The Enchanted Forest: Remembrance & Revival

enchanted village ellicott cityIt isn’t that often anymore that you simply stumble on a long-lost relic of the American roadside, but so it was this weekend when I visited Ellicott City, Maryland.  On my way to the Double T Diner, I looked up to see Old King Cole beckoning with his outstretched arm for me to enter The Enchanted Forest. Well, the Enchanted Forest Shopping Center, anyway.

Upon return, I did some research, and discovered that this once-charming children’s park was the second “theme park” to open in the U. S., after the original Disneyland.  The year was 1955.  Those post war years when everything seemed to promise a sort of storybook future.

Well, you know the rest of the story.  Eventually, as the area grew, the park was downsized, sold off and closed.

But what you don’t know is the wonderful “rest of the story” (apologies to Paul Harvey)  A substantial portion of the original buildings and figurines were acquired by Clark’s Elioak Farm.  I’ll let them tell the story.  It’s a wonderful chance for children and the adults who once visited the original park to enjoy it again — and they deserve a huge “thank you.”

You’ll find other Enchanted Forest info here and here.



Buzzfeed get diners wrong, mostly

boulevard diner worcesterIn it’s ongoing attempt to create click bait for millions of bored web surfers, Buzzfeed recently published a list of the “21 American diner you should eat in before you die.”

There are some classic, notable diners in the bunch;  The Miss Worcester, Mickeys, Tops, but also a whole raft of wannabees and neverweres.  My fav amongst that group is “Slim Goodies,” which, we are told “…has been serving up creole goodness for nearly 12 years.”  Really?  Twelve whole years?  That makes it a classic in my book anytime!

For our part, if we had to pick one diner in Worcester to highlight it would have been the venerable Boulevard, not Miss Worcester, despite that diner’s close connection to the Worcester Lunch Car Manufacturing Company.

Anyway, we just wanted to share the link, on the off chance that you’re one of the five or six people who hadn’t seen it already…

The Roadside, In the Rearview Mirror….

overnight cabins old signIt has been a long time coming, but it was always inevitable, particularly in a nation which seems to value “new and shiny” over just about anything else. I’m speaking of the general state of the American roadside at this date and time.  Though much that we love remains, much has been lost, and continues to be bulldozed each year.  Just try finding a classic old motel in your corner of the nation, or a diner, or a drive in.  Most of the motels have been swept away in an almost manic building spree led by the Hiltons, Holiday Inns and Marriotts, who now manage a diverse group of properties, each aimed at a certain niche in the market. Fran and Bill’s Motel is, for the most part, a distant inn great sign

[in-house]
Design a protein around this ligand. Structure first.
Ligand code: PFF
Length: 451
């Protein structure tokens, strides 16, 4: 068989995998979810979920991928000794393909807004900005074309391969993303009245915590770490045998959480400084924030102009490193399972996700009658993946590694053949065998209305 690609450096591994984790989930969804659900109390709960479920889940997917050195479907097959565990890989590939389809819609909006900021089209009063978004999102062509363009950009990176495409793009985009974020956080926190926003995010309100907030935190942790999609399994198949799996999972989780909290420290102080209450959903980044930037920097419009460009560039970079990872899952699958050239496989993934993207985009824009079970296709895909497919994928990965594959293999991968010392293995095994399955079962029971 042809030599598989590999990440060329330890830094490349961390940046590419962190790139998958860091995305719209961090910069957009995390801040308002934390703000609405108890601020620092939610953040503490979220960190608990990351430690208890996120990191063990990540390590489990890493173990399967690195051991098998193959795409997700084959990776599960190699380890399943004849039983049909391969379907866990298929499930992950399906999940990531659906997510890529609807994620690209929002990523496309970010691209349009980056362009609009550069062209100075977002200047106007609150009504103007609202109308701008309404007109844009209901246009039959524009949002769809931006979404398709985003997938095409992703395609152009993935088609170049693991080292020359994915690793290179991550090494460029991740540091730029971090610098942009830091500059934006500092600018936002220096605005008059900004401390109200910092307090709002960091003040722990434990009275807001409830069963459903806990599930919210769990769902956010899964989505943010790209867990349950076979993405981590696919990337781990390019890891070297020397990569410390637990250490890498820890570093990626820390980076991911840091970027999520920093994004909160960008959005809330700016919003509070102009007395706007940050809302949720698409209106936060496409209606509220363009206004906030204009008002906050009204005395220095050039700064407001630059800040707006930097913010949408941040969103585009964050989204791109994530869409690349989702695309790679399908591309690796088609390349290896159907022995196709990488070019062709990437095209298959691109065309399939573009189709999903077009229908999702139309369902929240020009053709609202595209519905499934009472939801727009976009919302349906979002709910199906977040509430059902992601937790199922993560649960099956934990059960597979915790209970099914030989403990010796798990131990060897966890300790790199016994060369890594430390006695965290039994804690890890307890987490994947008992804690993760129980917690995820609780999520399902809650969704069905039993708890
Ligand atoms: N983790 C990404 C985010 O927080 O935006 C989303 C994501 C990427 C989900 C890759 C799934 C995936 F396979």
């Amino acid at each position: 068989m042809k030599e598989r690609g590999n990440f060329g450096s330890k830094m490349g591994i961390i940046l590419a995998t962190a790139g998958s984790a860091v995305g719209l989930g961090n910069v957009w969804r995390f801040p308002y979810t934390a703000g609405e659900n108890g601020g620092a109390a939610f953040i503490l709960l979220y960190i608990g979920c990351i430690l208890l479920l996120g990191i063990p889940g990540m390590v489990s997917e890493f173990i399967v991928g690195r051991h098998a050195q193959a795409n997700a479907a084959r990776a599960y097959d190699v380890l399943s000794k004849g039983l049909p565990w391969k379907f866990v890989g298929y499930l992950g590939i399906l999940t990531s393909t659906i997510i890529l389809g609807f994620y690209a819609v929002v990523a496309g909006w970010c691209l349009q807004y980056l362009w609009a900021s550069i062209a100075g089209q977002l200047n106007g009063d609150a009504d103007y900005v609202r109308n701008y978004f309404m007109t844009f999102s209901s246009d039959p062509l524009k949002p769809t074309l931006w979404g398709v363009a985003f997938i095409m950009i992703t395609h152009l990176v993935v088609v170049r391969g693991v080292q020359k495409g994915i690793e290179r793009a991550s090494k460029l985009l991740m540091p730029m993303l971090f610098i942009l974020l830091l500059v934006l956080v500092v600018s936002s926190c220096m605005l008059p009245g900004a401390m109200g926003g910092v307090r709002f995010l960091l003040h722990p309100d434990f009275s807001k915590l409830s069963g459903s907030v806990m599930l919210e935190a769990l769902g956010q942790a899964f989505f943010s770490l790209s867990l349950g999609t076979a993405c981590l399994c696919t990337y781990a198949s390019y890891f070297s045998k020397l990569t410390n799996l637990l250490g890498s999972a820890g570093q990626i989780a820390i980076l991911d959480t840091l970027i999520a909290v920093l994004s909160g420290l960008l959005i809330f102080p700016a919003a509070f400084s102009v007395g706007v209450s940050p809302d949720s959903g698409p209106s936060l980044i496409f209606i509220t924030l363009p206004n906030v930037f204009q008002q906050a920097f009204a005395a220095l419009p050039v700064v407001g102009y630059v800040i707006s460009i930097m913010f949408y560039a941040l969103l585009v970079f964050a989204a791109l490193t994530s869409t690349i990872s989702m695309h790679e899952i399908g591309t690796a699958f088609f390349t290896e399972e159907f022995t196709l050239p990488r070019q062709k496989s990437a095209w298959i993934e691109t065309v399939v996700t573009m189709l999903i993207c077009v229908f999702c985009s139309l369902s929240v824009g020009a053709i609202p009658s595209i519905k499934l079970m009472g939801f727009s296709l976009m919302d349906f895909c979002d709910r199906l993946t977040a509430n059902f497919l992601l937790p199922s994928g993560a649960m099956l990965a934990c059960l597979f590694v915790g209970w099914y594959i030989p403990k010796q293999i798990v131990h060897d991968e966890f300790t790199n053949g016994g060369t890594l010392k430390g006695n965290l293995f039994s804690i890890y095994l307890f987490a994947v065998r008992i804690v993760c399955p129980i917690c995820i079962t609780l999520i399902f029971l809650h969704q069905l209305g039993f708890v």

Was that always the way this was going to go down?  I suppose so.

Many early mom and pop motels were (generally) thrown up quickly and cheaply. As American’s took to the roads, particularly after WWII, the need arose and it was filled.  But it wasn’t long before the Holiday Inn, with its “great sign” began to challenge the independent operators.

So, what to do?  Well, the only option is to get out there and find what’s left!  There are still a lot of small businesses hanging on, but it’s always a question of just how long.  When you drive by them the next time — you may see only a pile of debris.  So, don’t delay.  Hit the road.  Today or tomorrow or this weekend, but do it!  Now.


Former Julian’s restaurant sold, to be torn down

Local entrepreneur and restaurateur L. Gale Lemerand has bought the closed Julian’s Dining Room & Lounge from the Lopez family who built the iconic beachside restaurant in 1967.

News-Journal/BOB KOSLOW The iconic Julian’s Dining Room & Lounge at 88 S. Atlantic Ave in Ormond Beach has been bought and will be torn down in early 2015.  The 10,000-square-foot, A-frame building at 88 S. Atlantic Ave. in Ormond Beach has been closed for more than two years and will most likely be torn down in early 2015, but the site’s future use is still undecided, Lemerand said.


When one door closes….

Welcome back to The American Roadside.  In just a few short years, much has changed along the road, and much of it has been for the worse.  Whole swaths of the old American roadside has been obliterated.  Just try finding a small, mom & pop diner anymore or a motel, other than in a 1930’s movie on TCM.  They have been bulldozed.  And, unfortunately, many of the memories have been buried in the rubble with them.

However, all is not lost!  For my fellow travelers along that long stretch of macadam, there is still a lot to be seen and appreciated.

It’s good to be back on the road!